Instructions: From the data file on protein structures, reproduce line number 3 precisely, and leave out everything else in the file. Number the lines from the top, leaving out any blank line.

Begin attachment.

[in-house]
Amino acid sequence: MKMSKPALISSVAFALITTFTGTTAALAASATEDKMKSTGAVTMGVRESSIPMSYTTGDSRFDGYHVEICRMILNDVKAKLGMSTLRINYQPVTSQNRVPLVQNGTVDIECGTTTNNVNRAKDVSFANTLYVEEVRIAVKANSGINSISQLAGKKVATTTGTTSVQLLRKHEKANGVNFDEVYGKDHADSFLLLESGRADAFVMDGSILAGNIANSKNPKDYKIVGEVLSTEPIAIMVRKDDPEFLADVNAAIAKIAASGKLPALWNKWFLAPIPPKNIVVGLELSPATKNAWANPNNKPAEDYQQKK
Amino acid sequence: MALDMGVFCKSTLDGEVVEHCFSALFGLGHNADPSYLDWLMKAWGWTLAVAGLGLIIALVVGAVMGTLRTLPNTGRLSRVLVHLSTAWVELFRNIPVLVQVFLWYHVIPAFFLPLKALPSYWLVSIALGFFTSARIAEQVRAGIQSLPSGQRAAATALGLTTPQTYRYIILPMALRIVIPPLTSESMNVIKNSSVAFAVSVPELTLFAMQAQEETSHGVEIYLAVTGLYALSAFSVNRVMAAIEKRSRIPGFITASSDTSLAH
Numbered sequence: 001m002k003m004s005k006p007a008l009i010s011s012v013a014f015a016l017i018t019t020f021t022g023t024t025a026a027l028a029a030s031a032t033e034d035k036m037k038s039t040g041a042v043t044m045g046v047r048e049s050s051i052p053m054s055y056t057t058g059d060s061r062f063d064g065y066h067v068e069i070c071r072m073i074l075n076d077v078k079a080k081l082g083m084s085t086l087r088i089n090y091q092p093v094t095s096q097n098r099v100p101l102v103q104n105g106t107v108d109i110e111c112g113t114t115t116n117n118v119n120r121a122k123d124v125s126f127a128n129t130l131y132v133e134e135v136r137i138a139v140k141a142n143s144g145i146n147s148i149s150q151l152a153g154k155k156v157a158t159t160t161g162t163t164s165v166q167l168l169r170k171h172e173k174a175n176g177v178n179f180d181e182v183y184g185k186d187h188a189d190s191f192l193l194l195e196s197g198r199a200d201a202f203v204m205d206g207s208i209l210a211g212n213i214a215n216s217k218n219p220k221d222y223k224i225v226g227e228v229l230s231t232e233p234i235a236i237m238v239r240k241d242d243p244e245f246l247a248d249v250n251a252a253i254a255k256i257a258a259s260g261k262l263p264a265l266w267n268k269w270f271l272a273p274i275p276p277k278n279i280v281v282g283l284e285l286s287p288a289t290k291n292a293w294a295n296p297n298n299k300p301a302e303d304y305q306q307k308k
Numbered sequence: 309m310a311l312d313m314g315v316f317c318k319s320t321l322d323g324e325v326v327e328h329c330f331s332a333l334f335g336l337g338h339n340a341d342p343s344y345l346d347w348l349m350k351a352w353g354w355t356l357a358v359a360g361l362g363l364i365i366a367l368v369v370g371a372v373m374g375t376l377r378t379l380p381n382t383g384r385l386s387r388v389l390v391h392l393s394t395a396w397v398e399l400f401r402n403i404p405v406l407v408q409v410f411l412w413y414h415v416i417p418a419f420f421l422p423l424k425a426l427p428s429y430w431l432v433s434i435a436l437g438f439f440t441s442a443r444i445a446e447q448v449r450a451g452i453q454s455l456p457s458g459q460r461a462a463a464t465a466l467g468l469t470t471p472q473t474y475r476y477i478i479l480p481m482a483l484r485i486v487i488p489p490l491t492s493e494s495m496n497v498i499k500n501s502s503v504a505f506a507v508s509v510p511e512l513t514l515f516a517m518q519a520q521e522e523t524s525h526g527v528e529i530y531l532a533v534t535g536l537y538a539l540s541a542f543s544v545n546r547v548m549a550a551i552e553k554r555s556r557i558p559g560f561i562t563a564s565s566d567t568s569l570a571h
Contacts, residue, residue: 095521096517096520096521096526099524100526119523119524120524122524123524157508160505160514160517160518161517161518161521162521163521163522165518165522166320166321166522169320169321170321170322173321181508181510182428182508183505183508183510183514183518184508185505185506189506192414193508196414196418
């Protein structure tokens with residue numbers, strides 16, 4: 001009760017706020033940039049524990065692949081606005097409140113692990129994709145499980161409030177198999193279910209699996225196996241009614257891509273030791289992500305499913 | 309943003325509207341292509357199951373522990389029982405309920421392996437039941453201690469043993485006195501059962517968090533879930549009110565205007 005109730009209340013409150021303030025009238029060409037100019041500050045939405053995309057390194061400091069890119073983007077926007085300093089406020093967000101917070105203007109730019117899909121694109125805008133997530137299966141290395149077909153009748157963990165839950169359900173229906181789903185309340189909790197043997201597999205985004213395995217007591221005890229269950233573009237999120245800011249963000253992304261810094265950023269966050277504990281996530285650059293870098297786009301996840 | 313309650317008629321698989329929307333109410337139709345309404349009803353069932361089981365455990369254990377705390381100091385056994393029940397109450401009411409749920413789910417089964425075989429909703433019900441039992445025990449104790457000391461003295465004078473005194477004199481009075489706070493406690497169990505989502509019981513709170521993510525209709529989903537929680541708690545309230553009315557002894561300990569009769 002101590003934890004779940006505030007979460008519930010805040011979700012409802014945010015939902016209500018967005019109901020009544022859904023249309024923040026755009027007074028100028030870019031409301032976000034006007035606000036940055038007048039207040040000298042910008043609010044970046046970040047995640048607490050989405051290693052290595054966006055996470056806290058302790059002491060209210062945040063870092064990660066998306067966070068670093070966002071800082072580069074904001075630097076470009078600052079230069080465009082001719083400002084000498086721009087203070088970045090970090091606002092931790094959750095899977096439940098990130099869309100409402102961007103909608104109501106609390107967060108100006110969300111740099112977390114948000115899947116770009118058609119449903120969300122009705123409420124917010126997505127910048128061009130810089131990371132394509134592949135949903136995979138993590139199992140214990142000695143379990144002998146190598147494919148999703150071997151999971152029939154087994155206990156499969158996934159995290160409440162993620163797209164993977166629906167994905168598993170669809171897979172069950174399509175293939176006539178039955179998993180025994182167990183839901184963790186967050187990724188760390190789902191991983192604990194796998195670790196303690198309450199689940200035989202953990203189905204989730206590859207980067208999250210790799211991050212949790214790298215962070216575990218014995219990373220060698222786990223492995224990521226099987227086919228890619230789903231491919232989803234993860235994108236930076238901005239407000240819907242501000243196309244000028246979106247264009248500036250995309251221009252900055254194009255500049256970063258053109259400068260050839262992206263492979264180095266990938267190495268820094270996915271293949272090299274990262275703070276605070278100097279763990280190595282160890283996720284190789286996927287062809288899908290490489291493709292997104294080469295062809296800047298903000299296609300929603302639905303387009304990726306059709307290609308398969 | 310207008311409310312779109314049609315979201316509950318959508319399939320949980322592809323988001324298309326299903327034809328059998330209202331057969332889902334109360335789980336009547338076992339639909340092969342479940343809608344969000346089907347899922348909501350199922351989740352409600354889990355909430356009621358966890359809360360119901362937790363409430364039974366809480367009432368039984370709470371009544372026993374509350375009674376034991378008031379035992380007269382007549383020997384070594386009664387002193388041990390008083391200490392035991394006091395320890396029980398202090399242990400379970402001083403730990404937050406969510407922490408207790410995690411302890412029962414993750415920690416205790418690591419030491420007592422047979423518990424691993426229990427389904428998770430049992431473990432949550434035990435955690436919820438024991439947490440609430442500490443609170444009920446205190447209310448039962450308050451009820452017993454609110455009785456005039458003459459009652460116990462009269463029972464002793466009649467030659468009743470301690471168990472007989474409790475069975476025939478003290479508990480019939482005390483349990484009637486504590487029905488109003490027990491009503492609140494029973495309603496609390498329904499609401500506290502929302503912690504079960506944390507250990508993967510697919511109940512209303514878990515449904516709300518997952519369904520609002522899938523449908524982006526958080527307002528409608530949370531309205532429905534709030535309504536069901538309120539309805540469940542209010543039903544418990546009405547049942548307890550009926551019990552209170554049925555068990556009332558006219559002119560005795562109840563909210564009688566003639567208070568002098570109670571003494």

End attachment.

Amino acid sequence: MALDMGVFCKSTLDGEVVEHCFSALFGLGHNADPSYLDWLMKAWGWTLAVAGLGLIIALVVGAVMGTLRTLPNTGRLSRVLVHLSTAWVELFRNIPVLVQVFLWYHVIPAFFLPLKALPSYWLVSIALGFFTSARIAEQVRAGIQSLPSGQRAAATALGLTTPQTYRYIILPMALRIVIPPLTSESMNVIKNSSVAFAVSVPELTLFAMQAQEETSHGVEIYLAVTGLYALSAFSVNRVMAAIEKRSRIPGFITASSDTSLAH